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Saturday, March 22, 2008

Raise The Red Lantern (1991)






THE SCOOP
Director:  Zhang Yimou
Cast:  Gong Li, Ma Jingwu, He Saifei
Plot:  After her father's death, nineteen year old Songlian is forced to marry Chen Zuoqian, the lord of a powerful family.

Genre:  Drama

Awards:  Nom. for 1 Oscar - Best Foreign Film.  Won Silver Lion (Venice).
Runtime:  125min
Rating:  PG for some mature content.

IN RETROSPECT (Spoilers: MILD)

Zhang Yimou and Gong Li are legends of Asian cinema. Ju Dou (1990), To Live (1994), and Raise the Red Lantern are some of the most significant examples of their collaboration, most of which came in the early 1990s. They last worked on the overrated Curse of the Golden Flower (2006). 

One thing's for sure, Zhang should return to his roots in drama, because that's what he does best. There's a possibility that he might jeopardize his status as China's top director if he continues making stylized action films like Hero (2002).

Raise the Red Lantern is in my opinion not Yimou’s best work (though many will argue otherwise). But it's definitely one of his most controversial. Banned in China for political reasons and social implications, Red Lantern received commendable reviews in other parts of the globe for its daring portrayal of China's sordid past. Nominated for an Oscar for Best Foreign Film, it set Zhang on a path to directorial stardom.

One glance at Red Lantern and it's easy to see Yimou’s signature marks on the film; the rich and colorful cinematography (the reds and yellows are brilliantly captured), the natural elements (rain, snow, wind etc.) complementing the rustic traditional Chinese architecture, and the dramatic tension that is built within the well-developed characters.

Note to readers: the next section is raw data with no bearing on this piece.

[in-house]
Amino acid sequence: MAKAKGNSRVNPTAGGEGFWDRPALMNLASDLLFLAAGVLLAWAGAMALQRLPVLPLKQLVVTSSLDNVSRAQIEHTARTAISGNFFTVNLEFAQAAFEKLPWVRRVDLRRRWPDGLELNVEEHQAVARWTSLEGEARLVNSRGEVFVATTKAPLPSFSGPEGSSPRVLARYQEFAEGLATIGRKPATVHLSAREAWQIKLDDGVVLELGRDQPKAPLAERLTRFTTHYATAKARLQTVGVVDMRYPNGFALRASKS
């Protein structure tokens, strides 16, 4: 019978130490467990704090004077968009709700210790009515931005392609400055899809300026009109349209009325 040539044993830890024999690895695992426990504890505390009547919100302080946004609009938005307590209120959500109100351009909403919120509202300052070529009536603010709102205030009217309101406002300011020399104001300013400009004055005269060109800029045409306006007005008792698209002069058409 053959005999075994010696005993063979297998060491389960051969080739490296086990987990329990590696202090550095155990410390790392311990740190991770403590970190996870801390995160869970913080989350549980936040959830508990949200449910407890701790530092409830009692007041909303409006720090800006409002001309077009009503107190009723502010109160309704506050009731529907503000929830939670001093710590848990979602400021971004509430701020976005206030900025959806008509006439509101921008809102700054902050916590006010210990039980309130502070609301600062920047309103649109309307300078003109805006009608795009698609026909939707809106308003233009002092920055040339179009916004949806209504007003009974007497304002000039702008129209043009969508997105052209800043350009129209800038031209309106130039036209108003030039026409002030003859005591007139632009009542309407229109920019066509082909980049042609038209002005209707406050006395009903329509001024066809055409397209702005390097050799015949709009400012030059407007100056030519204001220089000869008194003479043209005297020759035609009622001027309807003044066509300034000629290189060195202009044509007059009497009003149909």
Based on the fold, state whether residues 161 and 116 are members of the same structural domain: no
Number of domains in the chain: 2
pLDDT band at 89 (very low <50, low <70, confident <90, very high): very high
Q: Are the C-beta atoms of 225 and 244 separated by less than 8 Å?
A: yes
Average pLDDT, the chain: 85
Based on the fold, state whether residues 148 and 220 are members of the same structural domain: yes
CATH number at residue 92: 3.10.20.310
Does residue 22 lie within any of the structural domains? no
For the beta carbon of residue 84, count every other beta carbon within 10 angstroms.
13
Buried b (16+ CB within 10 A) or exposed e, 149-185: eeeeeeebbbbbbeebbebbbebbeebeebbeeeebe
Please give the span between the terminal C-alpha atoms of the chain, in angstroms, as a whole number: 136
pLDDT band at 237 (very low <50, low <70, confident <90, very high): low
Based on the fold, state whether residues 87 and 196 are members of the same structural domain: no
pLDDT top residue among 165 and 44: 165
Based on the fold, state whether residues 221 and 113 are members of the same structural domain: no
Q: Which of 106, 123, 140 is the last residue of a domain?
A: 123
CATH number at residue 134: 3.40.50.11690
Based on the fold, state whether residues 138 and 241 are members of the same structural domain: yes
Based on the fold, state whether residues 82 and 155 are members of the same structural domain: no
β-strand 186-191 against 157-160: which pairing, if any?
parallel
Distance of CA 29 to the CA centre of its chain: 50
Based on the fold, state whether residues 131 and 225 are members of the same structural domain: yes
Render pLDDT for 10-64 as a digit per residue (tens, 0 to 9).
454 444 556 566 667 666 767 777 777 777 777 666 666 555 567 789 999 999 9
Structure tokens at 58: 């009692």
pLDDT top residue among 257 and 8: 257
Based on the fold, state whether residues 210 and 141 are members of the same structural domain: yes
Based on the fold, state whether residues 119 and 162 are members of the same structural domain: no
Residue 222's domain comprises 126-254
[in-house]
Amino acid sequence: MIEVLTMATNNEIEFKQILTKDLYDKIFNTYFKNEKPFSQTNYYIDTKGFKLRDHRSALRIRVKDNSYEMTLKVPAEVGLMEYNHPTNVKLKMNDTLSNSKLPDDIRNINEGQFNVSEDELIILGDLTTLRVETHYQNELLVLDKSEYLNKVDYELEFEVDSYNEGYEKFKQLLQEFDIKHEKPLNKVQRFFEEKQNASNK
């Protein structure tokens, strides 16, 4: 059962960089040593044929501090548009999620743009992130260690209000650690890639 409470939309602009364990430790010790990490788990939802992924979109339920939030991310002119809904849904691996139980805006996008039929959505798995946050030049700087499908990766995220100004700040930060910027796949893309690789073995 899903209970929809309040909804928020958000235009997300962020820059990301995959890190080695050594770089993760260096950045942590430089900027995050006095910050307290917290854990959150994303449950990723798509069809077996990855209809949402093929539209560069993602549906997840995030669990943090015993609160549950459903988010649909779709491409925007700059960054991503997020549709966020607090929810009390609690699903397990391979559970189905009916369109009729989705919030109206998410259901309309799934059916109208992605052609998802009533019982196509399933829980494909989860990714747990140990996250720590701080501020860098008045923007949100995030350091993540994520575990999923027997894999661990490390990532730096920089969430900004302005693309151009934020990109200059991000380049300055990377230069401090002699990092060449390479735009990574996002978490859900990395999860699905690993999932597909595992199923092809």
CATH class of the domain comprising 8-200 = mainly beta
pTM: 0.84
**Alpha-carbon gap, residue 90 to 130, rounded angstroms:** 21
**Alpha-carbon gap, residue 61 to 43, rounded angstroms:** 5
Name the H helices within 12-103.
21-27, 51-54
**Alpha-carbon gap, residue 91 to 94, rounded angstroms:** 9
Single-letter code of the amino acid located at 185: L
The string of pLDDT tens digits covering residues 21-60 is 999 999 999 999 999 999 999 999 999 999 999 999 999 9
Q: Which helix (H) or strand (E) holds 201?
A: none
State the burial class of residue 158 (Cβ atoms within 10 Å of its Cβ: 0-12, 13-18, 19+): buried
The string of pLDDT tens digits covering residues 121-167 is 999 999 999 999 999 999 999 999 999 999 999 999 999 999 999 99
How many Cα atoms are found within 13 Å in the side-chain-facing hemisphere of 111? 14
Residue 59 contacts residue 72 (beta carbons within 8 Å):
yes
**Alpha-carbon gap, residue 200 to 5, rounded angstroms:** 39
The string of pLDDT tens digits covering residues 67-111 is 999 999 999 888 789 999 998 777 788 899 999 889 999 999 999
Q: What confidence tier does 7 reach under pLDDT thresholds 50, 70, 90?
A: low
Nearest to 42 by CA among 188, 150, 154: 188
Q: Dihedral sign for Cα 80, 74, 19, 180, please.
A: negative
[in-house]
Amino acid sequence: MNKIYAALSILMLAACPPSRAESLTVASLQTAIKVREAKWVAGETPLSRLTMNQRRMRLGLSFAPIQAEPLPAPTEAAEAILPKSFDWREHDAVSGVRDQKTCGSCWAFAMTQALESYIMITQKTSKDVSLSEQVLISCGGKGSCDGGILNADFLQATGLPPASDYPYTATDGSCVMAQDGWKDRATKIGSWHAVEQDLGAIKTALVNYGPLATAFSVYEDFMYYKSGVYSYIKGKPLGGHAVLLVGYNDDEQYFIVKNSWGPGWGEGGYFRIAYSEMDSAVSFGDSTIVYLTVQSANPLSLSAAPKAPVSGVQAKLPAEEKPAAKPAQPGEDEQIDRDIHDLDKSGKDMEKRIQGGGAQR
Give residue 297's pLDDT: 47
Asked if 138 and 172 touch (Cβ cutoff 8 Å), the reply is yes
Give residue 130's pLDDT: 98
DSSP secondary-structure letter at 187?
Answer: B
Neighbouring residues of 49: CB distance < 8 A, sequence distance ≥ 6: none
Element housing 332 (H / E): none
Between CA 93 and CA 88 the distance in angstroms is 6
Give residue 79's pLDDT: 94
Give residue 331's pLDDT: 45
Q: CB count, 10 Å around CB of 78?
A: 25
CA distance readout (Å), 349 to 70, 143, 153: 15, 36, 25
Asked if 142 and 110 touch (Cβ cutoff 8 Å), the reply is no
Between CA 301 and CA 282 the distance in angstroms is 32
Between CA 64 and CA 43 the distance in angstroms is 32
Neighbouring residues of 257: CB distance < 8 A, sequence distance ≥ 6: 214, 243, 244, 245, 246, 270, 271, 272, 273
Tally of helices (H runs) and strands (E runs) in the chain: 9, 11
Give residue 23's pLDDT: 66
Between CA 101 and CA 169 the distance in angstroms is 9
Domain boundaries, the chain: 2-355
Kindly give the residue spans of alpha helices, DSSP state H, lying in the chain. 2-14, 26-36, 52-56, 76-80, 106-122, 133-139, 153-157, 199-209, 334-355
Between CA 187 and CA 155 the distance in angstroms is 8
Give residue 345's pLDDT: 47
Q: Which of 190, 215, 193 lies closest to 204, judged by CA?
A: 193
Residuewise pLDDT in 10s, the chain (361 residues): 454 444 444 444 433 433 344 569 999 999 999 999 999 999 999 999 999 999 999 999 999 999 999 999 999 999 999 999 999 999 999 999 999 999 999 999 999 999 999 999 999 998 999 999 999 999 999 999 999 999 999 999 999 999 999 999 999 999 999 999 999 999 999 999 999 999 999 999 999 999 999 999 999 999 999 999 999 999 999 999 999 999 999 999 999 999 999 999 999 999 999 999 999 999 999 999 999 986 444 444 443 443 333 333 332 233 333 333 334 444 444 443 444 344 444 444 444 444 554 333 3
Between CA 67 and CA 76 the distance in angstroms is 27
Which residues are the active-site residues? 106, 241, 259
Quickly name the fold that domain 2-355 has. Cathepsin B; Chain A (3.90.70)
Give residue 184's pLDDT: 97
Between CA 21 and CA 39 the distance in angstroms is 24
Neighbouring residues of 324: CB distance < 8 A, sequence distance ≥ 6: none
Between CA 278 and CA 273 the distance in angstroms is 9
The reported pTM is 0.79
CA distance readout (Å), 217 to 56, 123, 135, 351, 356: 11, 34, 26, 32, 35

Interestingly, despite the sullen atmosphere of Red Lantern, the music used seems almost ceremonially joyous (there’re clashing of cymbals and opera songs), emphasizing the tonal contrast greatly.

Gong Li gives a subdued but effective performance as Songlian, the fourth mistress in a palace of mistresses and maids ruled by a Master, though her acting is not as emotionally wrenching as her role in To Live. Kong Lin who plays Songlian's personal maid deserves equal credit too. Her character is a pitiful one, and even though she fails, her determination to live like a mistress instead of a lowly servant resonates, making viewers sympathize with her.

There are a couple of sequences that are especially haunting. One of them, the hanging of a woman in an isolated small attic above the palace roofs in the midst of a cold, harsh winter. The silence that occurs throughout this sequence has a disquieting aura that makes viewers feel queasy.

Raise the Red Lantern plays out like an opera; the images are seductive yet claustrophobic (Zhang films almost every scene inside the four walls of the palace), and though it evokes a sense of peace and tranquility, the startling twists and turns in the story make everything appear ominous. In a nutshell, Raise the Red Lantern is pure film art, at least in the context of Chinese cinema, and is considered to be Zhang's most celebrated film.

GRADE: A- (8.5/10 or 4 stars)





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